NASA releases a full 360-degree panorama of Mars surface – feels like you’re there

NASA has released an amazing panorama shot of Mars:

 

This full-circle scene combines 817 images taken by the panoramic camera (Pancam) on NASA’s Mars Exploration Rover Opportunity. It shows the terrain that surrounded the rover while it was stationary for four months of work during its most recent Martian winter.

Its release this week coincides with two milestones: Opportunity completing its 3,000th Martian day on July 2, and NASA continuing past 15 years of robotic presence at Mars.

 

And, Panoramas.dk has turned it into a it’s-like-you’re-there 360-degree view. Make sure to visit Panorama.dk, the shot will make you feel like you are on the surface of Mars.

 

A screenshot of 90-degrees of the panorama:

 

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Astronomers discover black hole with 140 trillion times more water than Earth

Two teams of astronomers have discovered the largest and farthest reservoir of water ever detected in the universe. The water, equivalent to 140 trillion times all the water in the world’s ocean, surrounds a huge, feeding black hole, called a quasar, more than 12 billion light-years away.

“The environment around this quasar is very unique in that it’s producing this huge mass of water,” said Matt Bradford, a scientist at NASA’s Jet Propulsion Laboratory in Pasadena, Calif. “It’s another demonstration that water is pervasive throughout the universe, even at the very earliest times.”

A quasar is powered by an enormous black hole that steadily consumes a surrounding disk of gas and dust. As it eats, the quasar spews out huge amounts of energy. Both groups of astronomers studied a particular quasar called APM 08279+5255, which harbors a black hole 20 billion times more massive than the sun and produces as much energy as a thousand trillion suns.

Astronomers expected water vapor to be present even in the early, distant universe, but had not detected it this far away before. There’s water vapor in the Milky Way, although the total amount is 4,000 times less than in the quasar, because most of the Milky Way’s water is frozen in ice.

 

And, the instruments they used:

Bradford’s team made their observations starting in 2008, using an instrument called “Z-Spec” at the California Institute of Technology’s Submillimeter Observatory, a 33-foot (10-meter) telescope near the summit of Mauna Kea in Hawaii. Follow-up observations were made with the Combined Array for Research in Millimeter-Wave Astronomy (CARMA), an array of radio dishes in the Inyo Mountains of Southern California.

The second group, led by Dariusz Lis, senior research associate in physics at Caltech and deputy director of the Caltech Submillimeter Observatory, used the Plateau de Bure Interferometer in the French Alps to find water.

 

Source: NASA – Astronomers Find Largest, Most Distant Reservoir of Water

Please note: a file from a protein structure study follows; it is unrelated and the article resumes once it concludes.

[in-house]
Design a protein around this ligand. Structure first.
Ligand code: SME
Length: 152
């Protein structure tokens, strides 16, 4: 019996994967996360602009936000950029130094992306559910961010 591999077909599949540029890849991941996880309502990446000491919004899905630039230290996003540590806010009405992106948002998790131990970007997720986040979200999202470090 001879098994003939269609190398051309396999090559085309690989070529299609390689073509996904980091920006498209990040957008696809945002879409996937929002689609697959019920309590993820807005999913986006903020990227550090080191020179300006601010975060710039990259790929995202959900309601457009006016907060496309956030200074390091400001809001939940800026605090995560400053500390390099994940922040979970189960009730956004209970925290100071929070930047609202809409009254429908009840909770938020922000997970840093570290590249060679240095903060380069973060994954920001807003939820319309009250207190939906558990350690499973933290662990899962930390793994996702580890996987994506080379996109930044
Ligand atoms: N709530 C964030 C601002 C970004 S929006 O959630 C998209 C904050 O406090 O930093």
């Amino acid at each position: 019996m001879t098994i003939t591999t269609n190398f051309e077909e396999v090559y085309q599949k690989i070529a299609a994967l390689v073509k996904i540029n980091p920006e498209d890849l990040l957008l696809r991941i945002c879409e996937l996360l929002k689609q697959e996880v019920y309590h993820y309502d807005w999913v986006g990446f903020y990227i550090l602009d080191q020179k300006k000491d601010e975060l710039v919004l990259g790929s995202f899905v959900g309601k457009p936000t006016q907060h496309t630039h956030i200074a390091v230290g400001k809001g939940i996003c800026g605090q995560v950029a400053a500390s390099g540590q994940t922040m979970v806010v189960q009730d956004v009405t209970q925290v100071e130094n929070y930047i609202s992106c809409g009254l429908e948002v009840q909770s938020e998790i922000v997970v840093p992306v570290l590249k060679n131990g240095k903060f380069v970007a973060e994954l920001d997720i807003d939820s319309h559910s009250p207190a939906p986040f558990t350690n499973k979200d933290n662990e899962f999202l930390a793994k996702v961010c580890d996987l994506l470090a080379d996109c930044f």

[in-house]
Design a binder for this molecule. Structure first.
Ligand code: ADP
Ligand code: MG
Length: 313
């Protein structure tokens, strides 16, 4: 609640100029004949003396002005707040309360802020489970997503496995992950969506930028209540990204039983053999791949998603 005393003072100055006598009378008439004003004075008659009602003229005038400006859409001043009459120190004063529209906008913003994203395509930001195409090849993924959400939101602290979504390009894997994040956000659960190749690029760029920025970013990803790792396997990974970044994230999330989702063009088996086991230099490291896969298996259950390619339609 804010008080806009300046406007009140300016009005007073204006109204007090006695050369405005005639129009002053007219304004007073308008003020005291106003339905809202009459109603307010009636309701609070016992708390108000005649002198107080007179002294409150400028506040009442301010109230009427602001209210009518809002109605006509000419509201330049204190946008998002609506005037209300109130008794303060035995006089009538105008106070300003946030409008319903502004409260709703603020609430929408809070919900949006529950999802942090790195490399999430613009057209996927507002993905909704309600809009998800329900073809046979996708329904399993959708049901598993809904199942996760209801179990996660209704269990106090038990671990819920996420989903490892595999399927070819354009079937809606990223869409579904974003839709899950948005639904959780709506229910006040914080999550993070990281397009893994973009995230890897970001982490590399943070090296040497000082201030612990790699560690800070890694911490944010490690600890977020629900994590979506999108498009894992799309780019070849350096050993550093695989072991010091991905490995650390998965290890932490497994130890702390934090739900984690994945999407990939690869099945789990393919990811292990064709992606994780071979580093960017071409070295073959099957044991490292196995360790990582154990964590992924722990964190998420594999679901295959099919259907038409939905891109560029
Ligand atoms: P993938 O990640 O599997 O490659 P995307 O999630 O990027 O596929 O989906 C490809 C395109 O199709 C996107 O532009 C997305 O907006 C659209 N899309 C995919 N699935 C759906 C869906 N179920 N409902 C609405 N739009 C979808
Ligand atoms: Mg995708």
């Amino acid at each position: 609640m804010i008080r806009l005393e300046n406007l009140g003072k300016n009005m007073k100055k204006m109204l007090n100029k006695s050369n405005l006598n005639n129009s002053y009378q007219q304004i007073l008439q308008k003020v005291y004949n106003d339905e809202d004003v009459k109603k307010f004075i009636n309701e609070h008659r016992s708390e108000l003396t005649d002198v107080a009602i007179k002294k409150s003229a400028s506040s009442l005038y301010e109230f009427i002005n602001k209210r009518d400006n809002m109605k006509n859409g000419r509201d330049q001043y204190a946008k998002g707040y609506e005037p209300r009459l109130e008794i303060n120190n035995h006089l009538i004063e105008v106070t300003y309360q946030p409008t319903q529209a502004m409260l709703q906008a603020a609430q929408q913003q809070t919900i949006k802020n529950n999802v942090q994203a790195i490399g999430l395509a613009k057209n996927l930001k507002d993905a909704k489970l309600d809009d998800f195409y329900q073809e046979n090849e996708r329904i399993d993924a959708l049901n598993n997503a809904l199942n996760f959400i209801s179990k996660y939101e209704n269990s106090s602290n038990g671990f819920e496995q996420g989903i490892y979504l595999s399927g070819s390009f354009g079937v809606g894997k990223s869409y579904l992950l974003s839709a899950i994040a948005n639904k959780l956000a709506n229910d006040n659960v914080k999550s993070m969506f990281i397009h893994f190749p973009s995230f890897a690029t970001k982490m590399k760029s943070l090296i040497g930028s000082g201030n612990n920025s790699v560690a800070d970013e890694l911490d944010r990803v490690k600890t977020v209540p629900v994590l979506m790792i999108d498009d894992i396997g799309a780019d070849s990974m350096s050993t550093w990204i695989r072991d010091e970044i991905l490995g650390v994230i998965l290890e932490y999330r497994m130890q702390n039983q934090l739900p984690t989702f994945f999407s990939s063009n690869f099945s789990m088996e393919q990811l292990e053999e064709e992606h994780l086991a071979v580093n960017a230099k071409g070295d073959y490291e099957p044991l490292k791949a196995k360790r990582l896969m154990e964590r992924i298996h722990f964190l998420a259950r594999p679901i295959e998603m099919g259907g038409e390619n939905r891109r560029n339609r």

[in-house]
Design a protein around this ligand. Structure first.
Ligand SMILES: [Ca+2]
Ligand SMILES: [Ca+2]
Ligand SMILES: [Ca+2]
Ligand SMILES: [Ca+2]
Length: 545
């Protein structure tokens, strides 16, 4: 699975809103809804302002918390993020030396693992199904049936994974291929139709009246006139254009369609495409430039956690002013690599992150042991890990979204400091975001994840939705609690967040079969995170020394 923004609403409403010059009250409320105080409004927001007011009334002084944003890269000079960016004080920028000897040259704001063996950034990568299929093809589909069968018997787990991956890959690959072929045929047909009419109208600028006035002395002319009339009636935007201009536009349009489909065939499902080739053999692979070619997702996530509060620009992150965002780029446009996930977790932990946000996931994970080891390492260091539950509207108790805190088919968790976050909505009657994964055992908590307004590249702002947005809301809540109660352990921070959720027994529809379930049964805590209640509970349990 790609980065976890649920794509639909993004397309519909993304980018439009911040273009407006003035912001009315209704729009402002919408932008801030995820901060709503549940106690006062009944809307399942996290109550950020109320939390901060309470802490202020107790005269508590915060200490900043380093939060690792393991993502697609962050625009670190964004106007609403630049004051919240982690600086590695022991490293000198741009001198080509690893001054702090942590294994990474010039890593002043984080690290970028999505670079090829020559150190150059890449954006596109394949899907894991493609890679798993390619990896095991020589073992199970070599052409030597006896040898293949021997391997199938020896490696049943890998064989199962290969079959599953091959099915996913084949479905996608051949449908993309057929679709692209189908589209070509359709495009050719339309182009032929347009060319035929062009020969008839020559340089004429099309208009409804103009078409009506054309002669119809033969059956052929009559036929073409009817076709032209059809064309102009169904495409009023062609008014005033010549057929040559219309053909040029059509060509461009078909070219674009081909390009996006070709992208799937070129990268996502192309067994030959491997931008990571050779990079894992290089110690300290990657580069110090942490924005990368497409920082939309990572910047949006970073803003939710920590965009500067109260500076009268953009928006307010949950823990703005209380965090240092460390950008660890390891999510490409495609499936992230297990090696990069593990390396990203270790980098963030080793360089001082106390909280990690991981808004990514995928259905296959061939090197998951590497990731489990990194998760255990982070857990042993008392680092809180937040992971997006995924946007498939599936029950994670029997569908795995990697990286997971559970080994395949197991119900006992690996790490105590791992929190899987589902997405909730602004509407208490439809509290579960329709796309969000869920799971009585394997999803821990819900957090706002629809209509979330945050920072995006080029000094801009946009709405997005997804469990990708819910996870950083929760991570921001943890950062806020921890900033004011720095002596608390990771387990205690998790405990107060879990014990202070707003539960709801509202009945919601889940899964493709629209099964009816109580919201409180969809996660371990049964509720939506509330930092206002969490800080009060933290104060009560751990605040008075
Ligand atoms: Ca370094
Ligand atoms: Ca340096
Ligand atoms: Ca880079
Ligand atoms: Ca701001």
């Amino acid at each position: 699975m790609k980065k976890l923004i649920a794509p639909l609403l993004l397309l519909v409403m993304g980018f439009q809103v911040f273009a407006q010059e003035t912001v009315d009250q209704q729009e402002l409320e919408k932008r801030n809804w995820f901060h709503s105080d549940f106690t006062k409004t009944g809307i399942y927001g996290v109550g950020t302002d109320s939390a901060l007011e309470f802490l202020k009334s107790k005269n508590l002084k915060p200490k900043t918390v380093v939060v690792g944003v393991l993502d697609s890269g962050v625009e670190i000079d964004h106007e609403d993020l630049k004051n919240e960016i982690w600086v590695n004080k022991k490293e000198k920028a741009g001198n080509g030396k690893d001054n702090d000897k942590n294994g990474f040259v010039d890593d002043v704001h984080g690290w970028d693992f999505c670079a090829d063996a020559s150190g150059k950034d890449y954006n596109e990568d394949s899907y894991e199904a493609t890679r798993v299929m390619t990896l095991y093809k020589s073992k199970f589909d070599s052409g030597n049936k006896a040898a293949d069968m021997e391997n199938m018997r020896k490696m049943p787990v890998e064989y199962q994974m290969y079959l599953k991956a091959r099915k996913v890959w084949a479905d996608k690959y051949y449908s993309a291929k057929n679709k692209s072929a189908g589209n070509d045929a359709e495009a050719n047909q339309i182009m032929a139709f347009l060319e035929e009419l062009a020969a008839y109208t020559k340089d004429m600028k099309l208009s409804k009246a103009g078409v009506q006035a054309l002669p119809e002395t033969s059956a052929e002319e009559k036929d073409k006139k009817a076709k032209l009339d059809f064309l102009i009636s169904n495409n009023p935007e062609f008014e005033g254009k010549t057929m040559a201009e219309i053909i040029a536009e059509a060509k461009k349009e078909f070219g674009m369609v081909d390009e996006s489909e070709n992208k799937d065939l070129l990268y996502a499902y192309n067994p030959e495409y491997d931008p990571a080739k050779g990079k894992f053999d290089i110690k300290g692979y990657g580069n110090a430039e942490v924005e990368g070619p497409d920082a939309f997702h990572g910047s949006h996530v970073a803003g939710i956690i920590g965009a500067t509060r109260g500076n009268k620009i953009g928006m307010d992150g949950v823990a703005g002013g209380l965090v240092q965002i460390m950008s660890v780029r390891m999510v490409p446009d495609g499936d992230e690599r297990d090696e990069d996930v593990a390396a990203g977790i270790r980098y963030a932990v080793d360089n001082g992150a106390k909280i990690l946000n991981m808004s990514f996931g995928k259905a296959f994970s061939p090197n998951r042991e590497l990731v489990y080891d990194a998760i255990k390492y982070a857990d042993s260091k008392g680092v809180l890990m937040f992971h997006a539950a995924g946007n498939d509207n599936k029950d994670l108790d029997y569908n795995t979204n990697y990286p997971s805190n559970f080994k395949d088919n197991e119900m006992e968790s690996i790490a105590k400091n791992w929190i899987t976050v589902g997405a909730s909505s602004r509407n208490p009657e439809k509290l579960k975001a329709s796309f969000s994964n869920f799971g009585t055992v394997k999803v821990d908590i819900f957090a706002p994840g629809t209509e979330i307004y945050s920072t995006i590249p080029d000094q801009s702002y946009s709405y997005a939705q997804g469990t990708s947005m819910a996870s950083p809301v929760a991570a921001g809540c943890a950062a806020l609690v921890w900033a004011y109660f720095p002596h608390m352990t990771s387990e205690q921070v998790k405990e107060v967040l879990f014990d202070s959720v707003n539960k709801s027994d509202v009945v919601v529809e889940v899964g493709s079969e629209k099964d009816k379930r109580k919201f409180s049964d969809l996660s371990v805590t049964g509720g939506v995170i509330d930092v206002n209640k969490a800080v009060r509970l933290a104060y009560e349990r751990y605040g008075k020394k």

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MESSENGER sends first data back to Earth – uncovers ice on Mercury

For several years scientists have been begging to test their theories about Mercury, the closest planet to the Sun. You see, the radar signals come back showing ice exists on the planet, but how could ice exist on a planet so incredibly hot?

NASA sent the spacecraft MESSENGER to orbit the planet and figure the mystery out (among other things). It turns out that ice exists at the planet north and south poles and possibly underneath some “dirt-shielding”.

All of this was uncovered by Professor David Paige, who has previous experience with Mars and the Moon, as he explains in his own words:

 

“I was able to use the Mercury laser altimeter in conjunction with a three-dimensional ray-tracing thermal model that I built to study ice on the moon, Paige said. “Using these models, I calculated the average temperature on the surface of the planet and concluded that the surface temperatures were too warm to permit the long-term stability of ice. The only possibility was some sort of thin layer of cover that allowed the ice to survive.”

This thin, dark layer is called a regolith and is probably made of organic substances like the Earth’s soil, rich in hydrocarbon compounds that may have come from the comets and meteorites that struck the planet over time. The comets and meteorites may have also contributed the water that seeped under the soil cover to form the icy patches.

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MESSENGER (Mercury Surface, Space Environment, Geochemistry and Ranging) is the first spacecraft to orbit Mercury. Its goal is to collect better data about the composition and atmosphere of the planet, and it just completed its first year of information gathering.

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While the mix of water and organic compounds on another planet may raise the possibility of extraterrestrial life for some scientists, this is not what excites Paige. For him, the discovery of ice on Mercury is the triumph of science.

“We’re getting a good agreement between models and observations,” Paige said. “What we thought was true is true. The most exciting part of this? We may not know lot of things, but on Mercury we have things under control.”

via UCLA Today

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